Jack Teagarden

Steady Rockin' with Satchmo

My favorite version of the Louis Armstrong-Jack Teagarden staple “Rockin’ Chair” is from a 1957 television special seen below. Armstrong had first recorded this homespun lament by Hoagy Carmichael on December 13, 1929, with the composer in the voice of the aging father and Armstrong as the dutiful son.

Evan Christopher at Satchmo Fest

Harrison, Neville, and Butler in Springfield

I’m still buzzing from the double dose of New Orleans-in-New England that highlighted Saturday’s Springfield Jazz & Roots Festival. Performances by Donald Harrison and Henry Butler brought the one-day, twelve-hour festival to a rousing conclusion at Court Square, where an estimated 5000 people from every walk of life gathered downtown for the second annual festival.

Louis Armstrong

Hailed in Copenhagen and Celebrated in New Orleans

“If you don’t love him, I don’t think you really know how to love.” Mahalia Jackson on Louis Armstrong I assume the Danes who filmed […]

Paul Butterfield Plugs In and Dylan Follows Suit

Phenomena at Newport: the White Blues Hero and the Folk Rock Anti-Hero

Saturday marked the 50th anniversary of Bob Dylan going electric at the Newport Folk Festival. The milestone is being widely commemorated, and it follows the sale two years ago of the Fender Stratocaster he played that Sunday night, July 25, 1965.

Sheila Jordan

Truth Telling at the Northampton Jazz Workshop

What a pleasure it was hearing Sheila Jordan this week at the Northampton Jazz Workshop. She’s nearly 87, which she makes no secret of, and why should she? Sheila’s a bonafide survivor: of a harsh, Depression-era childhood shuttled between her teenage mother’s digs in Detroit and her grandparents’ home…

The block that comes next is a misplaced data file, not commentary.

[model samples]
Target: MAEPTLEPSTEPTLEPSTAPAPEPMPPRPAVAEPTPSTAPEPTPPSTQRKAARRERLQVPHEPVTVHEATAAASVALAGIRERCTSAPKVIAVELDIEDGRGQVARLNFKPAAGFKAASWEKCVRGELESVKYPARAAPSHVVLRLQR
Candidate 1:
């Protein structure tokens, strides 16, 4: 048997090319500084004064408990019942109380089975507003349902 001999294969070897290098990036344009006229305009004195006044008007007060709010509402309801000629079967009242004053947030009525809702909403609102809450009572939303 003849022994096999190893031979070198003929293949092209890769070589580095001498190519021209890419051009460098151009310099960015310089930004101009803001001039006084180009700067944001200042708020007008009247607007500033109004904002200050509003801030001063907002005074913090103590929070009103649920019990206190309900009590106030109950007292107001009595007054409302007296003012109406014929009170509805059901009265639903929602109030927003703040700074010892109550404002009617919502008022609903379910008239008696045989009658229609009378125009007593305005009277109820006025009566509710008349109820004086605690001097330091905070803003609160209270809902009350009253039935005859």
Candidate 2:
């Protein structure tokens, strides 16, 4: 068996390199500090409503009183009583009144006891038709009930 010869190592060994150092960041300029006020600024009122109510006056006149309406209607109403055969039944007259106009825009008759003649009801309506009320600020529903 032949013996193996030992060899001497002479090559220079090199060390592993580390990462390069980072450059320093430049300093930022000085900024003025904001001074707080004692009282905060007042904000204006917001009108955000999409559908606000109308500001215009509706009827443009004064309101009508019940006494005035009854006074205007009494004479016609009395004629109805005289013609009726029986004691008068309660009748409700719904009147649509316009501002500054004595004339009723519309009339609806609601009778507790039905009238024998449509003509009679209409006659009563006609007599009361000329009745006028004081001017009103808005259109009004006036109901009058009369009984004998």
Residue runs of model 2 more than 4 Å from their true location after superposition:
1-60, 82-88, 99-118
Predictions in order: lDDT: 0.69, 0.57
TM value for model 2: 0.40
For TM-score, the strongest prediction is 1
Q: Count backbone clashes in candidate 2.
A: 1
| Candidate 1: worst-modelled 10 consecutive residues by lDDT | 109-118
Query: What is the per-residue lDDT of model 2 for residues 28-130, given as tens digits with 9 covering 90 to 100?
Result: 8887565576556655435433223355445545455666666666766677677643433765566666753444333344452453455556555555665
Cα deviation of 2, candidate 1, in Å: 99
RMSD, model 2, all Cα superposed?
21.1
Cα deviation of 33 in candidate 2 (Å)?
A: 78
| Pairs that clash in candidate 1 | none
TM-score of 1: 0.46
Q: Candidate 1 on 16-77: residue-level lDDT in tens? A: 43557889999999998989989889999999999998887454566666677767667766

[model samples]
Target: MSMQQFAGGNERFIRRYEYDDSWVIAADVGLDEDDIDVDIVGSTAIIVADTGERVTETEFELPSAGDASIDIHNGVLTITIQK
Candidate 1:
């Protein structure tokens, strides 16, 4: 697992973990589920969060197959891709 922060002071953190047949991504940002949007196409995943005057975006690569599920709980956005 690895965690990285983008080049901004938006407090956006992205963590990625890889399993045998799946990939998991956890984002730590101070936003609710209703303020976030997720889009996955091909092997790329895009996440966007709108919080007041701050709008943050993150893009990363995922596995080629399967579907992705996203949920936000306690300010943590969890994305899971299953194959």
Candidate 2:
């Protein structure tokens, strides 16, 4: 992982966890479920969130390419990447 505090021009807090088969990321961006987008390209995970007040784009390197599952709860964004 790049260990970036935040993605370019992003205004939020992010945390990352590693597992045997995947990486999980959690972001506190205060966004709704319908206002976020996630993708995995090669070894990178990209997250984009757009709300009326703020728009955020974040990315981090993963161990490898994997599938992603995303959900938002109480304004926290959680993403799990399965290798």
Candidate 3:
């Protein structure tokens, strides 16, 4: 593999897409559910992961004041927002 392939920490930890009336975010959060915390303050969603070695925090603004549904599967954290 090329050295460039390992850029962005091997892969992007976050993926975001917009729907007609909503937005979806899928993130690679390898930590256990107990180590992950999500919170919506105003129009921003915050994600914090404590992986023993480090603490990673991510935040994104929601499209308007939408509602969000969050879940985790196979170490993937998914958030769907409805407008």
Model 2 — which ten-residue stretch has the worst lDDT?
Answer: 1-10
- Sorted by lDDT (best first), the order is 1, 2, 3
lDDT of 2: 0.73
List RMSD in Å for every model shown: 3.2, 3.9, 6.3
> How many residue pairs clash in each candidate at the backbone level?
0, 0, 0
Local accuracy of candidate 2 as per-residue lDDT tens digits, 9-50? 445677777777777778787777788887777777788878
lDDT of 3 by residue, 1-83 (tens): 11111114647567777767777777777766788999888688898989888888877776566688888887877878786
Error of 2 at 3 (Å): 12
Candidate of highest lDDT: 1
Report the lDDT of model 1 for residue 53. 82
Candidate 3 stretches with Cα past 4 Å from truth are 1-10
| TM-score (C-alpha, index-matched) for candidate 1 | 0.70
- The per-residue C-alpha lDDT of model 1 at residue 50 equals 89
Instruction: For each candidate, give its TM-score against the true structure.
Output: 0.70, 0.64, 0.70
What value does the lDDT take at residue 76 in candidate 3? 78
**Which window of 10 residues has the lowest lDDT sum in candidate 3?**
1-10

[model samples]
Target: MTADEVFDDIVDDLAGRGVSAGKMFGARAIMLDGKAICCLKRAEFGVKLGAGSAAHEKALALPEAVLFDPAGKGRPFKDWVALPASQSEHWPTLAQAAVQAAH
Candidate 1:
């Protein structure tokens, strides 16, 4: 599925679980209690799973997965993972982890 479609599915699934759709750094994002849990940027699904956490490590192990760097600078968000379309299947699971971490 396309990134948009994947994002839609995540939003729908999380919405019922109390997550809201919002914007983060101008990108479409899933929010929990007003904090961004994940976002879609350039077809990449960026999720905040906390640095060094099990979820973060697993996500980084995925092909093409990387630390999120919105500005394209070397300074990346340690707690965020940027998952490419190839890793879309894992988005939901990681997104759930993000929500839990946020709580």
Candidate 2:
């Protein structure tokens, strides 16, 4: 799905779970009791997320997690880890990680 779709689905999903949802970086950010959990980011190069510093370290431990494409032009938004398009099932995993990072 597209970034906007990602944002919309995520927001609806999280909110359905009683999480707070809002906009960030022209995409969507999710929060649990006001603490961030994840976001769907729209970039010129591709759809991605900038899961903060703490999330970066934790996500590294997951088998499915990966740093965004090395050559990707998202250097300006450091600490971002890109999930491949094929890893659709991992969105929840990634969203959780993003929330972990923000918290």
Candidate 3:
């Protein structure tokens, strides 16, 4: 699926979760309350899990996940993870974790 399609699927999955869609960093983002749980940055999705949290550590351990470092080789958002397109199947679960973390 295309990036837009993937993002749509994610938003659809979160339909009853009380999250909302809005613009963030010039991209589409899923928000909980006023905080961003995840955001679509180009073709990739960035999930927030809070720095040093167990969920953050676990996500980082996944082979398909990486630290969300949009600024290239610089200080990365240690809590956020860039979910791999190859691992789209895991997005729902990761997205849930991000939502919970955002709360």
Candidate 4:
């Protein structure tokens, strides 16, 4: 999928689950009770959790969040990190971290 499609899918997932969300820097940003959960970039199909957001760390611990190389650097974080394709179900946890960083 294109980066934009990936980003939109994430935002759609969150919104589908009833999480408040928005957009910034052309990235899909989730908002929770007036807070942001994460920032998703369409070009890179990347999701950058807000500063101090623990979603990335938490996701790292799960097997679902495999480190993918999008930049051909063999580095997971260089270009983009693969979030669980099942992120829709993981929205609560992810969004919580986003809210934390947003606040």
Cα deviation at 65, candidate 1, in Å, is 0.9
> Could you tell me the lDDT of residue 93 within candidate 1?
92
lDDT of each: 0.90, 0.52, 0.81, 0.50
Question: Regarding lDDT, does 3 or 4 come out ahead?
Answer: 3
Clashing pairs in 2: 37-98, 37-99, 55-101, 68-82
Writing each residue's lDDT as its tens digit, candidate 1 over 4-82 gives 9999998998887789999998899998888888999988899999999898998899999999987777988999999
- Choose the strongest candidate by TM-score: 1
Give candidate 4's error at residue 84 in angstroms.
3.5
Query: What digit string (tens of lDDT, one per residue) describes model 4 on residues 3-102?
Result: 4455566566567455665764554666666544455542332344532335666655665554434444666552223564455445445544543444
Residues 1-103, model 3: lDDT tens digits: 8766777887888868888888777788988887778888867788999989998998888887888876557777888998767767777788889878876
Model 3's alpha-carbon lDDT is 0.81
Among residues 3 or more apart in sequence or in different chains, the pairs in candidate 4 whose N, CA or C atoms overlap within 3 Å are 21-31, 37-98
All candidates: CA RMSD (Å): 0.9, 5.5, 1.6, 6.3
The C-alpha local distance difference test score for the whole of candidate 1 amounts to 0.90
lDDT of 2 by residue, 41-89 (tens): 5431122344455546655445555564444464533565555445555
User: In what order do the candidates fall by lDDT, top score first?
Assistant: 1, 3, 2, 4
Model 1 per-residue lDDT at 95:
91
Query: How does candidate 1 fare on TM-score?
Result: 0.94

Jazz at Lincoln Center at Tanglewood

Shaking the Rafters of Ozawa Hall

I enjoyed a conversation about the recently deceased Gunther Schuller over lunch with my former NEPR colleague John Montanari on Tuesday. (Click here for my memorial to Gunther.) A few hours later, I heard the Jazz at Lincoln Center Orchestra’s concert at Tanglewood, which Wynton Marsalis dedicated to Schuller’s memory.

Hampton Hawes and the Pardon from JFK

Sometimes even a glimmer of open-mindedness can spell good fortune.  For a preternatural cool cat like Hampton Hawes, it took the form of allowing himself to think that the man he watched deliver the Inaugural Address on January 20, 1961, had “soul and might listen.”

Hank Mobley

Leonard Feather, one of the most powerful critics in jazz history, declared Hank Mobley “the middleweight champion of the tenor saxophone” in his liner note essay for Hank’s 1961 release…

Remembering B.B. King

Before it slides deep into the archives of NEPR News, here’s the commentary I voiced in memory of B.B. King on May 21.

James Cotton’s 80th

Happy Birthday to the Blues Harp Master

Few harmonica players announce themselves by tone alone quite like James Cotton. The great bluesman, born 80 years ago today in Tunica, Mississippi, has a huge, vibrato-laden sound that’s instantly recognizable, and while he’s influenced many harp players, no one else sounds like him.